"Uh, Mal," began Amyl, "who was the guy who narked on the cops?"
"Oh, him. Dunno, Ames. Never seen him before. Just some guy. He was kinda old, though--at least forty. Oh, and he had this really cool tattoo. Use-Your-Illusion-Art-Magic-Eye-Candy thingees . . . whatever you call it. At first, it just sat there on his chest, looking like some weird blue and yellow squigglies--"
"His chest?" interrupted Amyl.
"Yeah, the dude wasn't even wearing a shirt. But that tat--the longer you looked, the more you saw. I know the guy thought I was a major perv, but I couldn't help staring, y'know. No idea where he got that tat, but it was just so weird."
Amyl's eyes, bright and soft, grew into saucers, the perfect match for her gape.
"Ames, listen," confided Mal, "before the guy left, I swear a hand reached out of that tattoo. A hand--three dimensions, plain as day, reaching out like it wanted to cop a feel or somethin'!"
Flashback, warned Amyl's rational mind. Nothing but a freaking replay. She wanted to believe her friend, but c'mon, there was a place, after all. A No-Bull Zone, if you will. Mal had crossed it.
Only. . . . Only, this was Mal. Mallory. Her friend. One hundred twenty pounds of straight-shooting. And hey, maybe such a thing was possible.
Modern tech--go fig.
Mal stared, trying to read Amyl's face. Amyl met her gaze, her eyes steady. I believe, they said.
Jason Abbot entered the tiny motel room with his key. His special silver key. Closing the door, he looked around in the dimness for scratch paper. After a moment's rummaging, he located some, then he reached inside his shirt for a ballpoint.
This is for you.
Keep it near at all t
A noise startled him. A key in the door! Caught! How in all the worlds could this happen?
Amyl inserted her brass motel-issue key into the numbered door. She was going to collect her things and crash with Mal for a few days. Screw eighteen dollars a night!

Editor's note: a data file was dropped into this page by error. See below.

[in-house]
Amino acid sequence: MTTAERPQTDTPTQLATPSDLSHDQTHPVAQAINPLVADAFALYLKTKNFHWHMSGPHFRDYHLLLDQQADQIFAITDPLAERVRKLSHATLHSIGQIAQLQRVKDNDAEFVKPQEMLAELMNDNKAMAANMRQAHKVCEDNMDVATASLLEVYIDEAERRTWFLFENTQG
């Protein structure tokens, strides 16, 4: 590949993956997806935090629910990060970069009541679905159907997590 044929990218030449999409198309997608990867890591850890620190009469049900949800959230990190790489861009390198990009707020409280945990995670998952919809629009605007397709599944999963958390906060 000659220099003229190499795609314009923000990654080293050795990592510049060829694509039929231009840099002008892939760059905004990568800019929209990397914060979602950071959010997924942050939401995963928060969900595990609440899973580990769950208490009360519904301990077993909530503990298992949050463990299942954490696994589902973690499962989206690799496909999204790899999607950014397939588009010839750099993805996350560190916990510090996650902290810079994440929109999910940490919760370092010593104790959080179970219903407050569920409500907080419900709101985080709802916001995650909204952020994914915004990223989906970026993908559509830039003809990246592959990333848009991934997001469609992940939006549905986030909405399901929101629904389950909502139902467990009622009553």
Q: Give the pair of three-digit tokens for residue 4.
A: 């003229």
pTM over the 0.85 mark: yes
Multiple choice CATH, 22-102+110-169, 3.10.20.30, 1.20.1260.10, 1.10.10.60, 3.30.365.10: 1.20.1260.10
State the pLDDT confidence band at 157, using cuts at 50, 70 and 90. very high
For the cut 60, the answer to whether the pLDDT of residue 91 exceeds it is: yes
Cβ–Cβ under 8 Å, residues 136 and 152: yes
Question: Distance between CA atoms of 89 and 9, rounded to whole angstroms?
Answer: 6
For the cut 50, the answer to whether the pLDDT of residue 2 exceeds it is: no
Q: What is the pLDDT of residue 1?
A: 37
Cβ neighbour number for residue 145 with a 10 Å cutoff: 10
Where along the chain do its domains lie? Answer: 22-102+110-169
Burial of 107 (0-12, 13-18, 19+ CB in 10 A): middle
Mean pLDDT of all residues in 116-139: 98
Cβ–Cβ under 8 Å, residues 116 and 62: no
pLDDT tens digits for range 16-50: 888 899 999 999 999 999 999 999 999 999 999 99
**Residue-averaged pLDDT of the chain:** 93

Huh, she mused when the lock did not click, I know I didn't leave it unlocked again.
She opened the door cautiously, prepared to use Hai Karate on any pervs or creeps. What she saw, though, made her just stand there on the thresh and stare.
An old guy was sitting on her bed. Just sitting there with his head hung, holding something, not moving or anything.
Dead people can't actually sit, can they? her shocked brain fired at her.
Jason sat there as the dimness was invaded by a shaft of whiteness. He caressed the object in his hand once, soothingly, then he simply sagged lifelessly, defeated. Amyl's elongated silhouette was thrown at his feet. He never looked around. He had been caught.
"Who in hell are you?" Amyl screamed.
Jason only whistled through his teeth.
"What do you want? Get out, get out, GET OUT!"
He stood, a black steel bottle pinched between two fingers. Finally looking at Amyl, he tossed the bottle onto the bed, reached up and ripped open his shirt.
"I'll be damned! I'm getting the cops, Pervert!"
She almost turned to run, had every intention of doing so, but her eyes quite naturally flickered to his newly-bared chest. And there they would stay. She became fully aware that she was staring, and was most probably in great danger, but there was nothing else that she could do. She stood and stared as if hypnotized, her brain working feverishly to find a familiar pattern within the colored squiggles tattooed on his chest. Her head slowly tilted, her eyes never leaving the emerging pattern.